Days after the Islamic State turned its murderous finger to Rome, Italian officials are sounding the alarm bells. Defense Minister Roberta Pinotti says that ISIS’s growing power in nearby Libya presents a clear and present danger to Italian shores. Describing the situation in Libya as “out of control,” Pinotti insists that her country “cannot be alone to bear the costs of these operations that affect all of Europe.”
What concerns Italy most is the influx of Libyan immigrants. While the majority of these immigrants are refugees simply trying to escape the civil war, Giacomo Stucchi – the president of Italy’s COPASIR (Parliamentary Committee for Intelligence and Security Services and for State Secret Control) – says that there is a danger that “potential terrorists, even if uncoordinated, are hiding in departing boats.”
To head off the immigrants, Italy is calling on international support. But while some in government think the answer lies in a military response, this view is not shared by Foreign Minister Paolo Gentiloni. Acknowledging that the situation in Libya was “getting worse,” he insisted that the “only remedy is political.” In a statement that sounded a lot like Barack Obama, Gentiloni said, “We don’t want crusades.”
Italy is not the only country disturbed by the ISIS advance. Egypt’s London Ambassador Nasser Kamel said that Sirte’s proximity to Italy made it a matter of the utmost concern. Noting that the boats leaving Libya for Italian harbor were mostly filled with refugees, he warned that “in the next few weeks, if we do not act together, they will be boats full of terrorists also.”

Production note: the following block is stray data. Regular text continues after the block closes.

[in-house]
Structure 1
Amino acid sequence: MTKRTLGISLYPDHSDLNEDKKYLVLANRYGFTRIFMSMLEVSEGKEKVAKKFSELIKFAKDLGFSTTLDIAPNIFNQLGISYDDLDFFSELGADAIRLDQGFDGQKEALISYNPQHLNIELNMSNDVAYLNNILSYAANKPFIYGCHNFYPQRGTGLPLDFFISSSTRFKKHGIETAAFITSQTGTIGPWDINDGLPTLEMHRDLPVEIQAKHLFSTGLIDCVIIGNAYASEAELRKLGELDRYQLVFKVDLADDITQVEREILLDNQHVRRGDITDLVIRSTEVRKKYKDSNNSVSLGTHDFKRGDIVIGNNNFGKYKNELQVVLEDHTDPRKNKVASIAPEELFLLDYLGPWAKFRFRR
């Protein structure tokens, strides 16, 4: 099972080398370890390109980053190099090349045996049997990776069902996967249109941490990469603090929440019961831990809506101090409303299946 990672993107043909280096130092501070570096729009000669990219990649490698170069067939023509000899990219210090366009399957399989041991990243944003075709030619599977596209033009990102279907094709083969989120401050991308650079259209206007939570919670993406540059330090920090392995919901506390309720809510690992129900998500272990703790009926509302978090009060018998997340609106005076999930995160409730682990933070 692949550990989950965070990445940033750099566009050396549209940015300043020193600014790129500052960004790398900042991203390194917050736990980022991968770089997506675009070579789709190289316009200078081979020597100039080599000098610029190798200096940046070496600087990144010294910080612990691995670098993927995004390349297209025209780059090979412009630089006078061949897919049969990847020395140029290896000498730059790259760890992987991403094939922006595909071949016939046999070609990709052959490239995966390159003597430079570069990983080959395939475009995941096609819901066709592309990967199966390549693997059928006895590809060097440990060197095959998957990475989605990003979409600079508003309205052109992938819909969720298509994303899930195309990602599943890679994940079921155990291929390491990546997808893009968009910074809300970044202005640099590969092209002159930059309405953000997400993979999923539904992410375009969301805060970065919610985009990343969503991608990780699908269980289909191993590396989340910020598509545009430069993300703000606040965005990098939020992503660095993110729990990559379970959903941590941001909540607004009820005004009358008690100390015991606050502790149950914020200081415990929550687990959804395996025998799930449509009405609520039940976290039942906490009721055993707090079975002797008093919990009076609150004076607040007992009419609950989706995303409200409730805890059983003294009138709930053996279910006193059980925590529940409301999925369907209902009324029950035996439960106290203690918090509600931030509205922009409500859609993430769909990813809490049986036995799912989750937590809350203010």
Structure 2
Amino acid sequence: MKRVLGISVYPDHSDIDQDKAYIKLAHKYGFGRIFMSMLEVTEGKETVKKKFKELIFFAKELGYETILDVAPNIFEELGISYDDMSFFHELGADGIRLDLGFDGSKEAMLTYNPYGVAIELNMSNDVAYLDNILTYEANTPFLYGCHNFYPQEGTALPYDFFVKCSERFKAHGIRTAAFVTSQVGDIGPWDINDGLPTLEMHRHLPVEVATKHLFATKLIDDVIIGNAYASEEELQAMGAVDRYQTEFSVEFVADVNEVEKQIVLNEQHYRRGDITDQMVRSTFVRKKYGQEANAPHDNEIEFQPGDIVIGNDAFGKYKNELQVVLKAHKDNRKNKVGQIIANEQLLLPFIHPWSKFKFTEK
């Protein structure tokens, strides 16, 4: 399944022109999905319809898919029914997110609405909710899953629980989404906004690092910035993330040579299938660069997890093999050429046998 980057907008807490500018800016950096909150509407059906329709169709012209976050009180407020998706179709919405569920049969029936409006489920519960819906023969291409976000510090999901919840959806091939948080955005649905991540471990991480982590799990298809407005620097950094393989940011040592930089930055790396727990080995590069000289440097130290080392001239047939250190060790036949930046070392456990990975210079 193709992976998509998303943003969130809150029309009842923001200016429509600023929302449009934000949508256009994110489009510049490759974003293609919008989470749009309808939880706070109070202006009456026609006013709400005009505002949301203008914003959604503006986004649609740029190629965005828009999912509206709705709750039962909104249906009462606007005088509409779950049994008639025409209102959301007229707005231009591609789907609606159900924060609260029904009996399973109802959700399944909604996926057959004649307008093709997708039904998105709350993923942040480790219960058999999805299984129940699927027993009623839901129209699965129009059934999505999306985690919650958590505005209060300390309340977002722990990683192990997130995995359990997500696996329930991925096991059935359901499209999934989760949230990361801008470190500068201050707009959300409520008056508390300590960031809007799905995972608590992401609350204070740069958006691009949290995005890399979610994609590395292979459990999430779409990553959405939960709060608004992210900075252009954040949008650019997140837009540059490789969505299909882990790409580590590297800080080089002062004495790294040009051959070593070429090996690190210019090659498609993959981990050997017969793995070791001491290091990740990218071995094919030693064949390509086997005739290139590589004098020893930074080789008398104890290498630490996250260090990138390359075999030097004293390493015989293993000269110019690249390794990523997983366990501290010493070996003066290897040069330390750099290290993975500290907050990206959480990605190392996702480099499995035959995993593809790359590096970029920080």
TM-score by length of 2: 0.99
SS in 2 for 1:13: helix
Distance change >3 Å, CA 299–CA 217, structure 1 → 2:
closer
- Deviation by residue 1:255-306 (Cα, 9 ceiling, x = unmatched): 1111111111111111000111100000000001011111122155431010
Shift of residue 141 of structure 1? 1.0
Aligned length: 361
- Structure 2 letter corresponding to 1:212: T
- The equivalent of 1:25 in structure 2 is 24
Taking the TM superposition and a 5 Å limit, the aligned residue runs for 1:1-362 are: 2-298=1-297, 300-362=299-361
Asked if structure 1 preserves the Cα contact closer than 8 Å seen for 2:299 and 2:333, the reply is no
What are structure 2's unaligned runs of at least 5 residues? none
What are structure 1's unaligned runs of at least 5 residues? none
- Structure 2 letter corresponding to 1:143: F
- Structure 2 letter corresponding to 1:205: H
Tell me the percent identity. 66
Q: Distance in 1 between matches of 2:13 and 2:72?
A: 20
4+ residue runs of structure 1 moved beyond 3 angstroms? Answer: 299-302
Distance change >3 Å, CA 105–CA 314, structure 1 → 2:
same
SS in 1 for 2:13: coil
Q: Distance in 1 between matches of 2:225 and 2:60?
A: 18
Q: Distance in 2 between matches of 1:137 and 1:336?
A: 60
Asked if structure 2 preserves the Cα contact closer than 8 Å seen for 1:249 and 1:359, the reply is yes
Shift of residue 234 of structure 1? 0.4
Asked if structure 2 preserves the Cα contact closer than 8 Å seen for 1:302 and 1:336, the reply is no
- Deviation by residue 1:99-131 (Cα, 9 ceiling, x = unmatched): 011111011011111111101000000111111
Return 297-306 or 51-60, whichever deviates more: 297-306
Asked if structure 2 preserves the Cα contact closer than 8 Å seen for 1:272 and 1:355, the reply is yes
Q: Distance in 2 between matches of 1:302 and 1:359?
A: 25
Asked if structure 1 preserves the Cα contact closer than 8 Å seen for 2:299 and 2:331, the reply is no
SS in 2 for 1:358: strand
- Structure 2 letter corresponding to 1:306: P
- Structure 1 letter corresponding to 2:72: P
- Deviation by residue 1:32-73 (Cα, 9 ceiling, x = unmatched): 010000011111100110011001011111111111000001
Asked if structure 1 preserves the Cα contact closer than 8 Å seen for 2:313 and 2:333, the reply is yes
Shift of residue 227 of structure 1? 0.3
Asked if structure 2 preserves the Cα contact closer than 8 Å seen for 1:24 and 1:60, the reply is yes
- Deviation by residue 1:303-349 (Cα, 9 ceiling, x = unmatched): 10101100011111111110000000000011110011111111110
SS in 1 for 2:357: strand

After ISIS released its video showing the execution of 21 Egyptian Christians, Italian Prime Minister Matteo Renzi closed the Tripoli embassy and vowed military action. Unfortunately, they have little military to speak of. With only 5,000 available troops and a greatly-slashed defense budget, Italy is not prepared to go to war. Recognizing the difficulties, Renzi walked back his fervor on Monday. “It’s not the time for a military intervention,” he said. “Our proposal is to wait for the UN Security Council.”
Ah, the UN Security Council. Those guys are still around?
Like the United States and most of Europe, Italy is going to wait until given no other option before taking action. Surely there’s a chance that diplomacy can still win the day, right? In the meantime, let’s let in every Muslim immigrant with a beating heart, make broad proclamations about the glory of Islam, and pretend like ISIS will give up and go home when they get bored.
The one country that is doing something about ISIS in Libya – Egypt – is doing so outside the boundaries of the U.S.-led coalition. The Obama administration, still believing there is a political solution to the civil war, has refused to comment publicly on the Egyptian strikes. The most we get is a remark from Navy Rear Admiral John Kirby, who said Wednesday, “We are constantly reviewing our relationship with Egypt.”
The U.S. – and the rest of its allies – needs to “review” their relationship with terror. ISIS isn’t going away until we make them. The only question is: how many innocent lives must be extinguished before we stand against evil?